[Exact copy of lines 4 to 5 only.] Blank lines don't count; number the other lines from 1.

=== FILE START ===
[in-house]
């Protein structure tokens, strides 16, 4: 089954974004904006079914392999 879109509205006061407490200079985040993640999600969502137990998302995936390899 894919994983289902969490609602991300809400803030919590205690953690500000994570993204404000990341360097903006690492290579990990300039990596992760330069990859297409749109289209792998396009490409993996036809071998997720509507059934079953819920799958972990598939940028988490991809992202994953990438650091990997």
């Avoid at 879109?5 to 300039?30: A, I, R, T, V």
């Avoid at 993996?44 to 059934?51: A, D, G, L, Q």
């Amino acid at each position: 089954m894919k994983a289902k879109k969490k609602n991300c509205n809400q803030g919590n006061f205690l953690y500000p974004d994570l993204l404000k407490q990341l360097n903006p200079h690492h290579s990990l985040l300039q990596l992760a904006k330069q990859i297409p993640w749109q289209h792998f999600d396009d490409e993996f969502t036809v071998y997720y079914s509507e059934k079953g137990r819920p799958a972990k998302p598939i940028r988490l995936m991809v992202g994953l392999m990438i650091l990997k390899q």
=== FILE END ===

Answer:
């Avoid at 993996?44 to 059934?51: A, D, G, L, Q």
């Amino acid at each position: 089954m894919k994983a289902k879109k969490k609602n991300c509205n809400q803030g919590n006061f205690l953690y500000p974004d994570l993204l404000k407490q990341l360097n903006p200079h690492h290579s990990l985040l300039q990596l992760a904006k330069q990859i297409p993640w749109q289209h792998f999600d396009d490409e993996f969502t036809v071998y997720y079914s509507e059934k079953g137990r819920p799958a972990k998302p598939i940028r988490l995936m991809v992202g994953l392999m990438i650091l990997k390899q």